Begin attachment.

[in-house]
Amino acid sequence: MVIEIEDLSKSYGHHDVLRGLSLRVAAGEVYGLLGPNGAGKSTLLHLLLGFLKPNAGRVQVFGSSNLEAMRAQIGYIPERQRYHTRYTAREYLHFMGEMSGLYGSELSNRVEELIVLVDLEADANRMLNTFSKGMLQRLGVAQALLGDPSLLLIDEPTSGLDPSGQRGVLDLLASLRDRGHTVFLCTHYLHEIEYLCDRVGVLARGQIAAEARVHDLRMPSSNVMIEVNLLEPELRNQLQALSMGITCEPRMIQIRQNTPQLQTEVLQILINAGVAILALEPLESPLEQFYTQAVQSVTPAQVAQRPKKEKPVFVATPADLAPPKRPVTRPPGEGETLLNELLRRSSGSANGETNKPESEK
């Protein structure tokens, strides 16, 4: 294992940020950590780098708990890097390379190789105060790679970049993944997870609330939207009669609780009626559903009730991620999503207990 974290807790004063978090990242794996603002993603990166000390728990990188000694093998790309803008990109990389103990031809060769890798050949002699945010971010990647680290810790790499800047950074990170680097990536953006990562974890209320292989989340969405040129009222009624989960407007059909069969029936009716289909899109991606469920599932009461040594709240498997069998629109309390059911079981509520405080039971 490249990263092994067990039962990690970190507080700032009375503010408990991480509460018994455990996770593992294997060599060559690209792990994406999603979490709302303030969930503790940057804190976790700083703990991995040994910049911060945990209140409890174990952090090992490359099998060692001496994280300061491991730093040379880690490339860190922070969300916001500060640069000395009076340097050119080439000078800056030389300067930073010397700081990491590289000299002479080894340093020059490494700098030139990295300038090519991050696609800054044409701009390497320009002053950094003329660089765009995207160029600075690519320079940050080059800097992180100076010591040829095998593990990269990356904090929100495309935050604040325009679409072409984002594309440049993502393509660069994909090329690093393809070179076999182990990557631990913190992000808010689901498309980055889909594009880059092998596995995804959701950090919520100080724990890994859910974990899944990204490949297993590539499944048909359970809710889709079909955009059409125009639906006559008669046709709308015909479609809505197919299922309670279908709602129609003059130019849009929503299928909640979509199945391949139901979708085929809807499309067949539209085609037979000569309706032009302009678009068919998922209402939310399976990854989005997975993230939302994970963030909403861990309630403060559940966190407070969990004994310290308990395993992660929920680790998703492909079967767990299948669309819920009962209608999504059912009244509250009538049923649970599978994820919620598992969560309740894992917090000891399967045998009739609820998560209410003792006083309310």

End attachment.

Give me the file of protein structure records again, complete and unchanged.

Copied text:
[in-house]
Amino acid sequence: MVIEIEDLSKSYGHHDVLRGLSLRVAAGEVYGLLGPNGAGKSTLLHLLLGFLKPNAGRVQVFGSSNLEAMRAQIGYIPERQRYHTRYTAREYLHFMGEMSGLYGSELSNRVEELIVLVDLEADANRMLNTFSKGMLQRLGVAQALLGDPSLLLIDEPTSGLDPSGQRGVLDLLASLRDRGHTVFLCTHYLHEIEYLCDRVGVLARGQIAAEARVHDLRMPSSNVMIEVNLLEPELRNQLQALSMGITCEPRMIQIRQNTPQLQTEVLQILINAGVAILALEPLESPLEQFYTQAVQSVTPAQVAQRPKKEKPVFVATPADLAPPKRPVTRPPGEGETLLNELLRRSSGSANGETNKPESEK
């Protein structure tokens, strides 16, 4: 294992940020950590780098708990890097390379190789105060790679970049993944997870609330939207009669609780009626559903009730991620999503207990 974290807790004063978090990242794996603002993603990166000390728990990188000694093998790309803008990109990389103990031809060769890798050949002699945010971010990647680290810790790499800047950074990170680097990536953006990562974890209320292989989340969405040129009222009624989960407007059909069969029936009716289909899109991606469920599932009461040594709240498997069998629109309390059911079981509520405080039971 490249990263092994067990039962990690970190507080700032009375503010408990991480509460018994455990996770593992294997060599060559690209792990994406999603979490709302303030969930503790940057804190976790700083703990991995040994910049911060945990209140409890174990952090090992490359099998060692001496994280300061491991730093040379880690490339860190922070969300916001500060640069000395009076340097050119080439000078800056030389300067930073010397700081990491590289000299002479080894340093020059490494700098030139990295300038090519991050696609800054044409701009390497320009002053950094003329660089765009995207160029600075690519320079940050080059800097992180100076010591040829095998593990990269990356904090929100495309935050604040325009679409072409984002594309440049993502393509660069994909090329690093393809070179076999182990990557631990913190992000808010689901498309980055889909594009880059092998596995995804959701950090919520100080724990890994859910974990899944990204490949297993590539499944048909359970809710889709079909955009059409125009639906006559008669046709709308015909479609809505197919299922309670279908709602129609003059130019849009929503299928909640979509199945391949139901979708085929809807499309067949539209085609037979000569309706032009302009678009068919998922209402939310399976990854989005997975993230939302994970963030909403861990309630403060559940966190407070969990004994310290308990395993992660929920680790998703492909079967767990299948669309819920009962209608999504059912009244509250009538049923649970599978994820919620598992969560309740894992917090000891399967045998009739609820998560209410003792006083309310």